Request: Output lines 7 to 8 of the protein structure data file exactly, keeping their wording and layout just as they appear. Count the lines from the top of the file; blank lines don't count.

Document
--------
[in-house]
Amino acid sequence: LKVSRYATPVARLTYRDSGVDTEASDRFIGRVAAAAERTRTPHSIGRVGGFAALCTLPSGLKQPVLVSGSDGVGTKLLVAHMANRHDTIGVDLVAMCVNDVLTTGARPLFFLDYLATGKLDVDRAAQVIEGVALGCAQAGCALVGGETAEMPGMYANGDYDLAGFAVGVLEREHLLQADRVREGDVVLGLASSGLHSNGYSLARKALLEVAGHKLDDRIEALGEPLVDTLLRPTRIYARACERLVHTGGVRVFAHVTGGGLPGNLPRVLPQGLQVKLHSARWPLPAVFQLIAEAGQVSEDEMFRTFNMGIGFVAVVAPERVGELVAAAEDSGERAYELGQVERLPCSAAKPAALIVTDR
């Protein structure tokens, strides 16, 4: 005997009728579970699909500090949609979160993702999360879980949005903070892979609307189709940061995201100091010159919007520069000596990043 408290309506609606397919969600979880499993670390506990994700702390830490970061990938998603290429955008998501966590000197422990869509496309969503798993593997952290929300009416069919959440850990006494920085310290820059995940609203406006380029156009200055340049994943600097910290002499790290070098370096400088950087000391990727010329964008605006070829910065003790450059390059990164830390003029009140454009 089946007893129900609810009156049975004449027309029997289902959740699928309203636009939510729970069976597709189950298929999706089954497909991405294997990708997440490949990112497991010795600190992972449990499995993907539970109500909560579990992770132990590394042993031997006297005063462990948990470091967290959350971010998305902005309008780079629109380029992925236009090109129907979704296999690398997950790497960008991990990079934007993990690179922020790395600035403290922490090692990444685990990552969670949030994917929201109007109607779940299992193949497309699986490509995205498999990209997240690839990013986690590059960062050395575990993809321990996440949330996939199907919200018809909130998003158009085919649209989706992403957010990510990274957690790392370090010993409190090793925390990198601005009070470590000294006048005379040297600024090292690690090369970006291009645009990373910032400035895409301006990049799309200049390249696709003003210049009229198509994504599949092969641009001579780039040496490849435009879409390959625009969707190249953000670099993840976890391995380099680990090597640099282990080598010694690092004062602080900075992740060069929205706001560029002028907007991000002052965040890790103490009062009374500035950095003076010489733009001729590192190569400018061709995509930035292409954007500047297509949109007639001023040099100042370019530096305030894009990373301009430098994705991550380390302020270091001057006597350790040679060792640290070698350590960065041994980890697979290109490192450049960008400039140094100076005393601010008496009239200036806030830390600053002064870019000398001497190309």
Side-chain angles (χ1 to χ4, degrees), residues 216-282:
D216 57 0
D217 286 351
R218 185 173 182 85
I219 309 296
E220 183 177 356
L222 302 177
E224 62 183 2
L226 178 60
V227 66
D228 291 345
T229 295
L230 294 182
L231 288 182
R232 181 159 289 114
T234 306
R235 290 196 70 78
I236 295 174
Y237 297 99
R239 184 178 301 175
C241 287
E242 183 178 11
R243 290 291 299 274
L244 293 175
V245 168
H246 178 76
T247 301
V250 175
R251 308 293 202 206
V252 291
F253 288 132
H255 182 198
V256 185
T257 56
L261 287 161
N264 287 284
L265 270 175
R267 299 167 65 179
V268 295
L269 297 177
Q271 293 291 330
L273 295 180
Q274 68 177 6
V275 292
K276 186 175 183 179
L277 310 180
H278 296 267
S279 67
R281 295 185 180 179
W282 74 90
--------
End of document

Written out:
R218 185 173 182 85
I219 309 296